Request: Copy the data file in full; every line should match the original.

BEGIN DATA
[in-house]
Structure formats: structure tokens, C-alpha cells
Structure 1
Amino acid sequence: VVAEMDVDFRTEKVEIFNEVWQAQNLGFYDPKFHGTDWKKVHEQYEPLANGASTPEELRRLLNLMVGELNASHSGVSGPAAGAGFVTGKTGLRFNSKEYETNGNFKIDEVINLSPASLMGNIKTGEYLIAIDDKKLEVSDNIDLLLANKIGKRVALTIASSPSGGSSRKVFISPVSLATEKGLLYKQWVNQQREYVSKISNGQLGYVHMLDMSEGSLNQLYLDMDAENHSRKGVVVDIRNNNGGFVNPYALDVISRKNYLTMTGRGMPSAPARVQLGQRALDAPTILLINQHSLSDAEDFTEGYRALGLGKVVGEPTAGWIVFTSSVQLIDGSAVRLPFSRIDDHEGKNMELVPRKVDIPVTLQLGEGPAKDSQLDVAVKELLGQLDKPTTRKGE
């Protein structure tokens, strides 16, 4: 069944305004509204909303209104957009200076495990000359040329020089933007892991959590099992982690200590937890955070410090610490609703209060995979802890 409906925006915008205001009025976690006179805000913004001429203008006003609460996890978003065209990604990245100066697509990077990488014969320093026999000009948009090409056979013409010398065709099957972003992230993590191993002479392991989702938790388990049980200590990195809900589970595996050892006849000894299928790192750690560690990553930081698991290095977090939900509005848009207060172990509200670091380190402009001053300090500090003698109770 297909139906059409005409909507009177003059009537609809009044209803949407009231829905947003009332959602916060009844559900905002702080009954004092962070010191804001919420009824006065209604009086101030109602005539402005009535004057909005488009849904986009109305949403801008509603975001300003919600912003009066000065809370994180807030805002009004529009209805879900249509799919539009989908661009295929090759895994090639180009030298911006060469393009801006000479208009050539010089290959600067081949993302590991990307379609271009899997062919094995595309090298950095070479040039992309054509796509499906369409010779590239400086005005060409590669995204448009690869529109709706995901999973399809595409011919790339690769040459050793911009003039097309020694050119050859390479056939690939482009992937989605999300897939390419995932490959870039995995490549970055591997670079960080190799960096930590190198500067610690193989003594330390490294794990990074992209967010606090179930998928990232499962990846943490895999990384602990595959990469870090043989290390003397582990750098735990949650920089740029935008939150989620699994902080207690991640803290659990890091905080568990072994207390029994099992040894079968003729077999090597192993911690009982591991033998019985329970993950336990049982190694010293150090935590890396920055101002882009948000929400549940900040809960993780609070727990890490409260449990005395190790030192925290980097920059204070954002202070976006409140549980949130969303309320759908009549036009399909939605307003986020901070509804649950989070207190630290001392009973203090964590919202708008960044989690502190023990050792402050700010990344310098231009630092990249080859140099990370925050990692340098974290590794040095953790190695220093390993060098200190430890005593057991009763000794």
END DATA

[in-house]
Structure formats: structure tokens, C-alpha cells
Structure 1
Amino acid sequence: VVAEMDVDFRTEKVEIFNEVWQAQNLGFYDPKFHGTDWKKVHEQYEPLANGASTPEELRRLLNLMVGELNASHSGVSGPAAGAGFVTGKTGLRFNSKEYETNGNFKIDEVINLSPASLMGNIKTGEYLIAIDDKKLEVSDNIDLLLANKIGKRVALTIASSPSGGSSRKVFISPVSLATEKGLLYKQWVNQQREYVSKISNGQLGYVHMLDMSEGSLNQLYLDMDAENHSRKGVVVDIRNNNGGFVNPYALDVISRKNYLTMTGRGMPSAPARVQLGQRALDAPTILLINQHSLSDAEDFTEGYRALGLGKVVGEPTAGWIVFTSSVQLIDGSAVRLPFSRIDDHEGKNMELVPRKVDIPVTLQLGEGPAKDSQLDVAVKELLGQLDKPTTRKGE
């Protein structure tokens, strides 16, 4: 069944305004509204909303209104957009200076495990000359040329020089933007892991959590099992982690200590937890955070410090610490609703209060995979802890 409906925006915008205001009025976690006179805000913004001429203008006003609460996890978003065209990604990245100066697509990077990488014969320093026999000009948009090409056979013409010398065709099957972003992230993590191993002479392991989702938790388990049980200590990195809900589970595996050892006849000894299928790192750690560690990553930081698991290095977090939900509005848009207060172990509200670091380190402009001053300090500090003698109770 297909139906059409005409909507009177003059009537609809009044209803949407009231829905947003009332959602916060009844559900905002702080009954004092962070010191804001919420009824006065209604009086101030109602005539402005009535004057909005488009849904986009109305949403801008509603975001300003919600912003009066000065809370994180807030805002009004529009209805879900249509799919539009989908661009295929090759895994090639180009030298911006060469393009801006000479208009050539010089290959600067081949993302590991990307379609271009899997062919094995595309090298950095070479040039992309054509796509499906369409010779590239400086005005060409590669995204448009690869529109709706995901999973399809595409011919790339690769040459050793911009003039097309020694050119050859390479056939690939482009992937989605999300897939390419995932490959870039995995490549970055591997670079960080190799960096930590190198500067610690193989003594330390490294794990990074992209967010606090179930998928990232499962990846943490895999990384602990595959990469870090043989290390003397582990750098735990949650920089740029935008939150989620699994902080207690991640803290659990890091905080568990072994207390029994099992040894079968003729077999090597192993911690009982591991033998019985329970993950336990049982190694010293150090935590890396920055101002882009948000929400549940900040809960993780609070727990890490409260449990005395190790030192925290980097920059204070954002202070976006409140549980949130969303309320759908009549036009399909939605307003986020901070509804649950989070207190630290001392009973203090964590919202708008960044989690502190023990050792402050700010990344310098231009630092990249080859140099990370925050990692340098974290590794040095953790190695220093390993060098200190430890005593057991009763000794």